This task develops an EMI-aware design process starting from the risk and hazard analyses of the medical system-under-development in its operational electromagnetic environment. The system and environment are divided into tangible items at lower subsystem levels (i.e., use of zoning), which are transferred to the design process by means of an EMI risk-management plan (EMI-RMP). Based upon the EMI-RMP, the most effective EMC measures will be chosen and implemented. The EMI-RMP borrows state-of-the-art configuration management from system engineering to establish and maintain the system’s performance throughout its full life-cycle, including future upgrades or modifications. Finally, the EMI-RMP will be used as the input for an EMI-aware verification and validation process. The EMI-RMP will be logged and reviewed and if needed checked by an independent authority. UT will lead this task. Two EMI-RMPs will be developed for two real-life medical environments during secondment for the case of imaging systems (X-Ray) in PHC, where ESR4 will work closely with ESR 1, ESR2 and ESR 3 on a complete risk identification. The case of wearable body sensors will be addressed at PLUX.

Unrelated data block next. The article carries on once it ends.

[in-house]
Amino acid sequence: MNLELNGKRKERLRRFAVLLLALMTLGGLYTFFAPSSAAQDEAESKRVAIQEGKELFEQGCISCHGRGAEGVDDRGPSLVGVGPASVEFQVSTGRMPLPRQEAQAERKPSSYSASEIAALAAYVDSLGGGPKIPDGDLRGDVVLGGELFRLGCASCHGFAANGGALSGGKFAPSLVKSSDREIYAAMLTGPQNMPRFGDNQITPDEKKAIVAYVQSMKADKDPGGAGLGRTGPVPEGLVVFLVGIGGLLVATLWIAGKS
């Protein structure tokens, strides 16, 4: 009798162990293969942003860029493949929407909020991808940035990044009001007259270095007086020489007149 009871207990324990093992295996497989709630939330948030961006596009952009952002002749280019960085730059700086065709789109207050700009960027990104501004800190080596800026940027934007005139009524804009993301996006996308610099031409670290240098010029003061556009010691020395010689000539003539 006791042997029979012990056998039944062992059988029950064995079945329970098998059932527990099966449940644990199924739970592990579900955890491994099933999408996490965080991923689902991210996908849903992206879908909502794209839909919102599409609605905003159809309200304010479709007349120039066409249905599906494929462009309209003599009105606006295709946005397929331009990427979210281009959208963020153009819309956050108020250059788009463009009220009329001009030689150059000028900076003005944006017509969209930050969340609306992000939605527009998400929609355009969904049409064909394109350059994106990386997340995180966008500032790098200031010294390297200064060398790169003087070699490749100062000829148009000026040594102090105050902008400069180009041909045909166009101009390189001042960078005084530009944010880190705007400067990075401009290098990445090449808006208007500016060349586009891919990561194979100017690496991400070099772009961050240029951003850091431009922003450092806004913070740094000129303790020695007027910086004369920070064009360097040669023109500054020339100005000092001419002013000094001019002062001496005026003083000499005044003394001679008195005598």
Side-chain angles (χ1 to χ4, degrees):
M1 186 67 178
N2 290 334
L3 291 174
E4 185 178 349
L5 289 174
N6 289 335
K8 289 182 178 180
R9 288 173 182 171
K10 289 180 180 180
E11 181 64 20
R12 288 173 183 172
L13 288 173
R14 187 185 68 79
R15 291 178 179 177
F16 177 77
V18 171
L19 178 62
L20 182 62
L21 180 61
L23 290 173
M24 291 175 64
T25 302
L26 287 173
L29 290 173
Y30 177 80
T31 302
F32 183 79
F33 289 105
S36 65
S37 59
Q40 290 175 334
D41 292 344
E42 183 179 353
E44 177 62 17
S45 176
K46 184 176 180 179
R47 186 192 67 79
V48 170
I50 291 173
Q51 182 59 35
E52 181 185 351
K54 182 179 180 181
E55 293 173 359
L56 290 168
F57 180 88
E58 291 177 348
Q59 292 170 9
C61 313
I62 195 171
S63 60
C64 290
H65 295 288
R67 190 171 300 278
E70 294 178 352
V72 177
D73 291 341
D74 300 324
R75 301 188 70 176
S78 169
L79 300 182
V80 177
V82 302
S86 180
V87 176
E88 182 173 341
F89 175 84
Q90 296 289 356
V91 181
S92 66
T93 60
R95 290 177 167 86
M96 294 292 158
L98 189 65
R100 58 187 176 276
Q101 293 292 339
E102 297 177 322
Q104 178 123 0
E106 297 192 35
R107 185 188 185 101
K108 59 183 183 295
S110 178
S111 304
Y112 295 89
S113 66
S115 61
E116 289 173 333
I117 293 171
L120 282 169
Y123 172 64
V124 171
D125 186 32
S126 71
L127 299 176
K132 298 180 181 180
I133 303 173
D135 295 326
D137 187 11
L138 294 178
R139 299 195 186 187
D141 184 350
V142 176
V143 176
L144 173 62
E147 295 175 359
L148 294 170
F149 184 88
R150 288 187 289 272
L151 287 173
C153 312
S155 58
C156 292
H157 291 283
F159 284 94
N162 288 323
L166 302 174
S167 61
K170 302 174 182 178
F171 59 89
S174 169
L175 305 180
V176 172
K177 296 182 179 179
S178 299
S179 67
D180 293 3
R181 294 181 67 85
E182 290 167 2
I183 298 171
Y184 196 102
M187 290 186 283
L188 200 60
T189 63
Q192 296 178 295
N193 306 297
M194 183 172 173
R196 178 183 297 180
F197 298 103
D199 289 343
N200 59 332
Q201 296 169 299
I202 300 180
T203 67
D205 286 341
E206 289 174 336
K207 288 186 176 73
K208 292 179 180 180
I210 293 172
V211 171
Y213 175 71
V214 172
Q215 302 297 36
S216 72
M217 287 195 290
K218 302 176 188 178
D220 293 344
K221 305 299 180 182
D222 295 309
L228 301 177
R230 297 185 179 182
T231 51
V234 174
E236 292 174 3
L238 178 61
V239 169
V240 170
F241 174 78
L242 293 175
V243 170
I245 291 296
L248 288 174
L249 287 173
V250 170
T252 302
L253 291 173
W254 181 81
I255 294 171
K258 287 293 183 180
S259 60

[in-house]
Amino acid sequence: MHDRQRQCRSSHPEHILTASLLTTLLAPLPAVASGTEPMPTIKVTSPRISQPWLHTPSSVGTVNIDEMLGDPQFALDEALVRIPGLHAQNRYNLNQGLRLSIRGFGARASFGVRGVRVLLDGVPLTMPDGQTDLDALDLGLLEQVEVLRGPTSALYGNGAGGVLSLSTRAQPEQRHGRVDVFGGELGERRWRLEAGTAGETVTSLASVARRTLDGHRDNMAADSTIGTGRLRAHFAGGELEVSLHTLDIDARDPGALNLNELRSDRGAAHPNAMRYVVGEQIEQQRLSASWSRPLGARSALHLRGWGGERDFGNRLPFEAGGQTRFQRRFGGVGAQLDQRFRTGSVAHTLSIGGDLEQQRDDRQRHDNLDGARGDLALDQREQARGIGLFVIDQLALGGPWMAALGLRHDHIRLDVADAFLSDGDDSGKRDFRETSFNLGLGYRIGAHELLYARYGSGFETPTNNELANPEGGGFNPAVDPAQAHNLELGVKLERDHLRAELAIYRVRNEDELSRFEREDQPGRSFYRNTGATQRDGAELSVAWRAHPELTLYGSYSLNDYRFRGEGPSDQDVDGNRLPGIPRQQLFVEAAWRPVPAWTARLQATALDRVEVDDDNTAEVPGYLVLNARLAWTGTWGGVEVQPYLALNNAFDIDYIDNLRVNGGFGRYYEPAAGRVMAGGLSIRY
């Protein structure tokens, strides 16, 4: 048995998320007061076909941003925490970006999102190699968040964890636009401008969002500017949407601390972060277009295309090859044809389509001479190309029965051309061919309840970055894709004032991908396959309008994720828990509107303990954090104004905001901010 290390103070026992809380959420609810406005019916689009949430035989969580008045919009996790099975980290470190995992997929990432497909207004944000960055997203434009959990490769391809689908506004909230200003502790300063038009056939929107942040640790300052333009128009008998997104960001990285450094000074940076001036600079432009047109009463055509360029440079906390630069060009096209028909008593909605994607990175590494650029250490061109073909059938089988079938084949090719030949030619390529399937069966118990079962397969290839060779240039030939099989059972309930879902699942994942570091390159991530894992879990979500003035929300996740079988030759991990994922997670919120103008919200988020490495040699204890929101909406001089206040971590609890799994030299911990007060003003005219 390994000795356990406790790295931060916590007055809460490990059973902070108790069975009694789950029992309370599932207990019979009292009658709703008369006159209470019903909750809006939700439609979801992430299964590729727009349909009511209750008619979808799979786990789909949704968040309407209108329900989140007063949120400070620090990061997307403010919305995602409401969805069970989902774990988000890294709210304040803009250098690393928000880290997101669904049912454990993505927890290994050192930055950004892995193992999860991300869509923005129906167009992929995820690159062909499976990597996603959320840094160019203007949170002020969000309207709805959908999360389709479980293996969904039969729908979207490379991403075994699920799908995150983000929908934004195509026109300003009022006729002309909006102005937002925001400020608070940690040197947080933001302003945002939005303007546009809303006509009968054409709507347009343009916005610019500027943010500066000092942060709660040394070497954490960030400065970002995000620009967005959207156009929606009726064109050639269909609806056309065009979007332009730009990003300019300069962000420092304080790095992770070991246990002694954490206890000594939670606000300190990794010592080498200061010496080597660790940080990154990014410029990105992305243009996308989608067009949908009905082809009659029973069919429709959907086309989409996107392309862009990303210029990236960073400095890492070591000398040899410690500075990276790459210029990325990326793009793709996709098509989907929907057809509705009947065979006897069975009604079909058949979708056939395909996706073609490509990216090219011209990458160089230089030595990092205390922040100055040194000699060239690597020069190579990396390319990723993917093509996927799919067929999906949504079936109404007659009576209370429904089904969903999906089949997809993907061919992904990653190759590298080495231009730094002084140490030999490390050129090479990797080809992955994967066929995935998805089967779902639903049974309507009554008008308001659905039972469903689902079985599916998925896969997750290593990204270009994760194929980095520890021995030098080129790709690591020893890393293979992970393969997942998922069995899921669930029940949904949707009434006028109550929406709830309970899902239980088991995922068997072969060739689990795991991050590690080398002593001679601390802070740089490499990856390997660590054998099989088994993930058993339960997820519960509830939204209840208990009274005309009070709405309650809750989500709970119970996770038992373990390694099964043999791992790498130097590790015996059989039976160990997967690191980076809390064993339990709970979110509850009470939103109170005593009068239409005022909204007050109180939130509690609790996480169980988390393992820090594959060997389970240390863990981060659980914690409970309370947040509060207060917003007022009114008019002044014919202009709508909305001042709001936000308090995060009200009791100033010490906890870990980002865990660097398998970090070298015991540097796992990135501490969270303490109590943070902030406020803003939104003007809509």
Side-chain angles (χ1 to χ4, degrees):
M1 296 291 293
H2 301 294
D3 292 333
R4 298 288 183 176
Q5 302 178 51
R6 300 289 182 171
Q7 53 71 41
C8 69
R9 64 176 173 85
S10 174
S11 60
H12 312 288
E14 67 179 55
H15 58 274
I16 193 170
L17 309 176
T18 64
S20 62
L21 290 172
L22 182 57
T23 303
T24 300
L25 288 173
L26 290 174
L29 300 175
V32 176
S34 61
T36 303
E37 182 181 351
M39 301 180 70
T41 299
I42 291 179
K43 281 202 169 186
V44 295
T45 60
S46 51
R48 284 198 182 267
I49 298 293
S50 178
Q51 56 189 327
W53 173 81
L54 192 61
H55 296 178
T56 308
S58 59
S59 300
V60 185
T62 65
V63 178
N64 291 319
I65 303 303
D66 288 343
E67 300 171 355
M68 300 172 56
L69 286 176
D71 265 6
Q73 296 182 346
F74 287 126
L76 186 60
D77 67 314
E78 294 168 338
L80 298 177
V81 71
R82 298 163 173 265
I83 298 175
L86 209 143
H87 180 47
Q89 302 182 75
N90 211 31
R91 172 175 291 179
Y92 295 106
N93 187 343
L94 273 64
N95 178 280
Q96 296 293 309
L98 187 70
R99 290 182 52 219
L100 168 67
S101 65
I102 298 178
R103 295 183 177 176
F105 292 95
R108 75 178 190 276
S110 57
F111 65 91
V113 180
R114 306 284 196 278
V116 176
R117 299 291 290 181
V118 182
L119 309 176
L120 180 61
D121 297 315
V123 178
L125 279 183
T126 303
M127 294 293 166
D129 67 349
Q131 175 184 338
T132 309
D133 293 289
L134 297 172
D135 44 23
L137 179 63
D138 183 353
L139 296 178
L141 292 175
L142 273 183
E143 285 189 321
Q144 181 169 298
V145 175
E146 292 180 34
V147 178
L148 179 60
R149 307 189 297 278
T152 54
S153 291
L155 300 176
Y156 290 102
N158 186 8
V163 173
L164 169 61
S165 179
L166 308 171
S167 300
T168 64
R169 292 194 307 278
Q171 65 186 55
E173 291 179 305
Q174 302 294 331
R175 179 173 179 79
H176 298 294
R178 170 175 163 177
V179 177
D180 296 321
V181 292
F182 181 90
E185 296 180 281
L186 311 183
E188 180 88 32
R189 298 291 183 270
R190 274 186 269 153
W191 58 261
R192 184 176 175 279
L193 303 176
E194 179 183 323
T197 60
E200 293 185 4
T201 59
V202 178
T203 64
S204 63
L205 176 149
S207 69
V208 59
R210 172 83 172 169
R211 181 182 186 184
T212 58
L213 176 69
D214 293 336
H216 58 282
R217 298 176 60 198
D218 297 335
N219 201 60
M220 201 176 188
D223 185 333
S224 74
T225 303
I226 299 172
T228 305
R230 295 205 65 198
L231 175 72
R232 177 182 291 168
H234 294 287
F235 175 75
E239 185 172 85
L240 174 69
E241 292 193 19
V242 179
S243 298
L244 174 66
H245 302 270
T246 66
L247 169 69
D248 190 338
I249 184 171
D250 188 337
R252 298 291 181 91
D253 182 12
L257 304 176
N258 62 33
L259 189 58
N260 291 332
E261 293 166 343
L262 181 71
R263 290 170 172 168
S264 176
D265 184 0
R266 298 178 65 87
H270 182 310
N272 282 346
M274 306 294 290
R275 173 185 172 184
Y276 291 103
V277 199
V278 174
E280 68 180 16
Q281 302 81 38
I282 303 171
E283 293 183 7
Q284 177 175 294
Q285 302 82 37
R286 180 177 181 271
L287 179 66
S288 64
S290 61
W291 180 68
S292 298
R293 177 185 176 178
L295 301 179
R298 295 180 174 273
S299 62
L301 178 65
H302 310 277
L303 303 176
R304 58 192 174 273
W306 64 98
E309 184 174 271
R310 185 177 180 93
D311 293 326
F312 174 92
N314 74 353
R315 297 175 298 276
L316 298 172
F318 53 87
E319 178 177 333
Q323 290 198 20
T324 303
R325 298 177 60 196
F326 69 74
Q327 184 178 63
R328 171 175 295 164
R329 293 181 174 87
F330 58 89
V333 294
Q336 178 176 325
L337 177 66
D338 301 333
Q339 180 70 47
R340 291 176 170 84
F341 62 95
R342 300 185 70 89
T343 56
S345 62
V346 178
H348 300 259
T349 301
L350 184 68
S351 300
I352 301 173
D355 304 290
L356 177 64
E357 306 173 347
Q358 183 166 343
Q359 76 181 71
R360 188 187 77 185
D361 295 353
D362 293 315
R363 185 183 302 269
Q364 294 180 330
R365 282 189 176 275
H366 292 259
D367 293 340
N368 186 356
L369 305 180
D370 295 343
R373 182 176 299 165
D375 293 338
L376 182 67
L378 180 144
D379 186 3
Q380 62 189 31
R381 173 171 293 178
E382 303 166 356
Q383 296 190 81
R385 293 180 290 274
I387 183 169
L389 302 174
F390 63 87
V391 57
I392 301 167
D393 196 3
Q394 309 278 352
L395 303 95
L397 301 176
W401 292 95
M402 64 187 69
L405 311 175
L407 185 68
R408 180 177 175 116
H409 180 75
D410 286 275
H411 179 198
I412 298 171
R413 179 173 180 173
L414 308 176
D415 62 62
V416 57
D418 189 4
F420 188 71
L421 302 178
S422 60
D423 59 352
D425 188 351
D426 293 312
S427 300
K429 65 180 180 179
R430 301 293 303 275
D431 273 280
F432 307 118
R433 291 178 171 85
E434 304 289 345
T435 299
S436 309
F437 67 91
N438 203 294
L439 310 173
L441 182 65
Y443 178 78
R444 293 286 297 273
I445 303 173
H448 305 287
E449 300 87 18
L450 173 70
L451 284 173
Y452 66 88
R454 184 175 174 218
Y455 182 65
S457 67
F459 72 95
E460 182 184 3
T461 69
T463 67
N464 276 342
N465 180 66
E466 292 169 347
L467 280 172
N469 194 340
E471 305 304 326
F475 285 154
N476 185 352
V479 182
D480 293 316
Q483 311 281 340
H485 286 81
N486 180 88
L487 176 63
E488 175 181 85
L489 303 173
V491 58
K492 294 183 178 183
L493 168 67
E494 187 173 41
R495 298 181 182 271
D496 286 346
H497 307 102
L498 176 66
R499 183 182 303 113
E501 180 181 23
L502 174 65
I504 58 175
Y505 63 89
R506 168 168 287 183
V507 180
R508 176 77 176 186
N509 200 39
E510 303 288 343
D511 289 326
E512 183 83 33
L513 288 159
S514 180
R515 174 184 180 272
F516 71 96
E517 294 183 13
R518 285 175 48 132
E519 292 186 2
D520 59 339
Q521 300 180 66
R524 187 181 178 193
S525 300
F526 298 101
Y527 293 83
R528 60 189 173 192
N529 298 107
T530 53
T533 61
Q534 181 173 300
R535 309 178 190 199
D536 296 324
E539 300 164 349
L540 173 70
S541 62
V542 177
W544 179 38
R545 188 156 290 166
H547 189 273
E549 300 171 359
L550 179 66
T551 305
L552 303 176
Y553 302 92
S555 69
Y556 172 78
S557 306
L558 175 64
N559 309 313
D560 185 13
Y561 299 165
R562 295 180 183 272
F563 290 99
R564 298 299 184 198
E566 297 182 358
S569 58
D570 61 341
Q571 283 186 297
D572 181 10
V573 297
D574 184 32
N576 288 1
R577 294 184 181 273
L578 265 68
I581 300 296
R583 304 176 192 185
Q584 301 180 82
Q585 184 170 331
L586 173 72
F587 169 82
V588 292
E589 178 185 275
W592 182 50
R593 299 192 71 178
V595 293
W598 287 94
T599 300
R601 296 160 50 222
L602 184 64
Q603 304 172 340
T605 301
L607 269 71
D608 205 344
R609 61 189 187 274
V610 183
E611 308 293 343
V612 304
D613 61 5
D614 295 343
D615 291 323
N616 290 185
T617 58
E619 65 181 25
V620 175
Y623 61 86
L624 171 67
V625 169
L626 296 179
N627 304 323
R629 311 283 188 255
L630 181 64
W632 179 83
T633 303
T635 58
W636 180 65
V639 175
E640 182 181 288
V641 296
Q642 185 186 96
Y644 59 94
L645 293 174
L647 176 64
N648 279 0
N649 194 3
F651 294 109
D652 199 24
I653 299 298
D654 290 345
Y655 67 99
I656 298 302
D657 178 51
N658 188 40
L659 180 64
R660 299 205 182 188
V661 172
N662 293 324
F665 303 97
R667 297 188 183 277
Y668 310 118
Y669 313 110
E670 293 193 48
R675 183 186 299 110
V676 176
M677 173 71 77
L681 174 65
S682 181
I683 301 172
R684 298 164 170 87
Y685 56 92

This task develops a methodology to select the best possible DCS and its optimal scheme in harsh medical electromagnetic environments. An important type of EMI in medical scenarios is broadband impulsive noise disturbances that propagate as radiated signals, affecting digital communication receivers as in-band interferences. Procedures and algorithms will be proposed to improve the electromagnetic immunity of medical devices through the appropriate selection and configuration of their DCS, for a diverse operational electromagnetic environment. Real-time observation of the communication channel allows an adaptive approach in the selection of an EMI-resilient DCS. UPC will lead this task. Because of the complementarity of their approach, ESR5 and ESR6 will work together during both their secondments. In KUL, ESR5 will reinforce the process of definition and design of algorithms for selection of the appropriate DCS and improve the immunity, while a secondment in PMC will be necessary to test such algorithms on cold-plasma healing devices.